We at the NYU Rudin Center got an early look at Citi Bike’s new trip data and found exciting snippets, such as where it’s clear that New Yorkers hopped off delayed subways and onto bikes, transferred from ferries, or attended events at Barclays Center. (Check out our video of 48 hours in the life of Citi Bike, now live on the NYTimes website.)
In fact, for the month of September, there is evidence of “reactionary biking,” in which subway riders encountering delays likely switched modes to bike share for that trip. The chart below demonstrates a moderate correlation between subway delays and Citi Bike usage throughout September: when delays increase, so does bike share ridership.
Reactionary biking is indicated during particular instances: for example, on September 17th at 7:45 a.m., the MTA sent an alert that the 2/3 train was delayed at Wall Street, in the heart of Citi Bike’s stations. In the half hour surrounding this alert, seventeen rides were recorded along the 2/3 route within four stops of the Wall Street Station; they were not repeated at the same time the following day. The increased rides on days heavy with delays, coupled with September’s pleasant weather (with temperatures ranging from 59 to 76 on average), lead to the conclusion that New Yorkers are avoiding or escaping transit delays by taking to bike share. As Citi Bike expands across New York City, it will provide a more comprehensive alternative to delayed transit.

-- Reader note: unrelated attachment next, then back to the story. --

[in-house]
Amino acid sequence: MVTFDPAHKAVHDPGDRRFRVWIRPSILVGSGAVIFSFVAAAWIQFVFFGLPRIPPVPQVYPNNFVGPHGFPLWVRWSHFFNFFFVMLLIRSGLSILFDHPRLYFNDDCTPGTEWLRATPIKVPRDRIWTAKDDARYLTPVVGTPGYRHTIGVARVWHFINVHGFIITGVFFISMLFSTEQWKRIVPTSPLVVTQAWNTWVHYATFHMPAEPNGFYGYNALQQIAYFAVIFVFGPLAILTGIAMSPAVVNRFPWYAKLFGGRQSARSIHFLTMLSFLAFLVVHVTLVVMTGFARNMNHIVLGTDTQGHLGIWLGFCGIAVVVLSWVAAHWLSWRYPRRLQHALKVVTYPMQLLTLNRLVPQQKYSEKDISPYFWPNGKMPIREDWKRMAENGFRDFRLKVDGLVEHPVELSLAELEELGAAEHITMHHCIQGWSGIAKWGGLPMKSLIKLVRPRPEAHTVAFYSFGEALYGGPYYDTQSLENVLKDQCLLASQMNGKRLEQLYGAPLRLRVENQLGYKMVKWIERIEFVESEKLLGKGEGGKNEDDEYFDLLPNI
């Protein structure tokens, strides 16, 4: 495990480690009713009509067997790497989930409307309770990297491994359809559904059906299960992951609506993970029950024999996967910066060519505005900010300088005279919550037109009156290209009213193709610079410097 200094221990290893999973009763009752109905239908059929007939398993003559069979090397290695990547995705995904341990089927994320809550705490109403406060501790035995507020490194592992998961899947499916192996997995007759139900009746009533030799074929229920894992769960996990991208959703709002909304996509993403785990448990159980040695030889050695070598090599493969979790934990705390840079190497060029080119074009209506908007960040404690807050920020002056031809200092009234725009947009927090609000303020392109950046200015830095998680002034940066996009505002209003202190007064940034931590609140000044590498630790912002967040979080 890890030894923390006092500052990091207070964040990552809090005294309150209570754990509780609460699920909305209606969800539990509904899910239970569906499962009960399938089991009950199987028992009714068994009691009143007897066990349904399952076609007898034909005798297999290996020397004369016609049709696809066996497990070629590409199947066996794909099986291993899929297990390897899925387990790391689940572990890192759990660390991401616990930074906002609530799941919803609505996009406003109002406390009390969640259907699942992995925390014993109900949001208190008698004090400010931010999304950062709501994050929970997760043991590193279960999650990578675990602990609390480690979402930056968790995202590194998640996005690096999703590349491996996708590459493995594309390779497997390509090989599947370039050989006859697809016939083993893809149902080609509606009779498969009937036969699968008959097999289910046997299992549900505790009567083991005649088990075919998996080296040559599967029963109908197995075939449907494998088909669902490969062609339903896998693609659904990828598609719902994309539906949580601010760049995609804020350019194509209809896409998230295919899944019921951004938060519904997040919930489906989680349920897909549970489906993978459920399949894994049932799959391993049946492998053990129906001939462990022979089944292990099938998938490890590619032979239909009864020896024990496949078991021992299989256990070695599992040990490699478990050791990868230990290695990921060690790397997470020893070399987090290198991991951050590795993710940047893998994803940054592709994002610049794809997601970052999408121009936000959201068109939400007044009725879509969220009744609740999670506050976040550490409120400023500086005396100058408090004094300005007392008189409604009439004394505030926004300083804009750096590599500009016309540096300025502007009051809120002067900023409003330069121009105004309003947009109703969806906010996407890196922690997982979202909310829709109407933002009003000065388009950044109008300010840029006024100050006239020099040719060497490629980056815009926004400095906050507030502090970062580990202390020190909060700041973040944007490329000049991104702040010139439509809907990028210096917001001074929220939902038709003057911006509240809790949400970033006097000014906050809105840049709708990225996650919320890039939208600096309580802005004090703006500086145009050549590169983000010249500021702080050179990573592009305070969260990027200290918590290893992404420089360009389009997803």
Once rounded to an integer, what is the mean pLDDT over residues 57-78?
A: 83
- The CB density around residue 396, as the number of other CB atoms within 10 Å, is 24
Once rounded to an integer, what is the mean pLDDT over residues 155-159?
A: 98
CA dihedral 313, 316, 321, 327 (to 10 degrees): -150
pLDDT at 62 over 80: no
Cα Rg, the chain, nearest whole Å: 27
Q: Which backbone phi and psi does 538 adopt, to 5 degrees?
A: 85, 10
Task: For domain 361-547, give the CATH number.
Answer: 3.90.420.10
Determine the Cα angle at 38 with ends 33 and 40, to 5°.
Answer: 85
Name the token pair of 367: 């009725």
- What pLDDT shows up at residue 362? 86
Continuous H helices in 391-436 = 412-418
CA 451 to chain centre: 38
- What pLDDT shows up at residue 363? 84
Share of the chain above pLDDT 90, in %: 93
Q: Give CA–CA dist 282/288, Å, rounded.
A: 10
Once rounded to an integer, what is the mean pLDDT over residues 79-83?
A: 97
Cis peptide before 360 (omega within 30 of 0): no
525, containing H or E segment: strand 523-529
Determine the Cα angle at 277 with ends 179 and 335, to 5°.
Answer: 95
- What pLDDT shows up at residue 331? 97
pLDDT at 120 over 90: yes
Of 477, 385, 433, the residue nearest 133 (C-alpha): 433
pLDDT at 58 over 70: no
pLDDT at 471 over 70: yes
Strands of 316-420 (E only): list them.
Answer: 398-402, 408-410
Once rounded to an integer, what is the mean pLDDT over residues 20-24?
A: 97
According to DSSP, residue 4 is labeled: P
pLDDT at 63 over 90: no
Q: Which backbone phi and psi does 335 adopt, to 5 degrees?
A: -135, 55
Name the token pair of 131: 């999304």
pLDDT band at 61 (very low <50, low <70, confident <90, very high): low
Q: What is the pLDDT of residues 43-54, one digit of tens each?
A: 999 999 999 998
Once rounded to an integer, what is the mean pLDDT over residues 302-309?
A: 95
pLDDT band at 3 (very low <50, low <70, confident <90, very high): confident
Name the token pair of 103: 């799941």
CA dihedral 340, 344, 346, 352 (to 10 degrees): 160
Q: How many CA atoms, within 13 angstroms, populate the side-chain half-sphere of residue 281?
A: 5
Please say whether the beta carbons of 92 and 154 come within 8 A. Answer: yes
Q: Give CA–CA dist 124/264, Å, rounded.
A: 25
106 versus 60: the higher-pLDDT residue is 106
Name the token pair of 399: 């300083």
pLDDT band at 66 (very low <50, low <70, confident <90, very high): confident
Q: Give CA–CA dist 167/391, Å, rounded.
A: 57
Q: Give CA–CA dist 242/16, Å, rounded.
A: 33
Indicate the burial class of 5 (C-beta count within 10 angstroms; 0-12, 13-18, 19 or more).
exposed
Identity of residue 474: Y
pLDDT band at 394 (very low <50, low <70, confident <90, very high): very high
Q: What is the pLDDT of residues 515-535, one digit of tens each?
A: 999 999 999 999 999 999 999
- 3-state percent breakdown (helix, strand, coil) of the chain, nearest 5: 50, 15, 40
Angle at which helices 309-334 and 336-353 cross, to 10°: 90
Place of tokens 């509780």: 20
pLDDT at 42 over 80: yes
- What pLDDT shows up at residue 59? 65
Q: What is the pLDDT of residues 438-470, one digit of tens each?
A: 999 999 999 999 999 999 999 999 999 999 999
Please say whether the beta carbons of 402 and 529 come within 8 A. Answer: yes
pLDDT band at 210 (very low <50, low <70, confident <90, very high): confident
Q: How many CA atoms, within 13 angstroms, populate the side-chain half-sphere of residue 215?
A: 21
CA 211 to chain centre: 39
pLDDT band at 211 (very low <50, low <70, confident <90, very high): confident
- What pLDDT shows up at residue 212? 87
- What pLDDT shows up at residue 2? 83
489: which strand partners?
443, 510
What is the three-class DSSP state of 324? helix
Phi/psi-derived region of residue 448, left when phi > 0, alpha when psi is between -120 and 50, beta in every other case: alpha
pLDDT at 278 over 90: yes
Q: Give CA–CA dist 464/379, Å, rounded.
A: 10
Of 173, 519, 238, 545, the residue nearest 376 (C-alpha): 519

Citi Bike has become an important mode in New York’s diverse transportation landscape, both as a method of active transport and an essential connection to the transit network; we are eager to analyze this data to understand its role in New York-area mobility.
- The chart accounts for unplanned service changes only; it does not include planned weeknight and weekend service diversions (and their occasional cancelations) relating to construction work.
- Dates recorded are for bike trip starts only; trips ending on subsequent days are recorded on the days on which the trips started.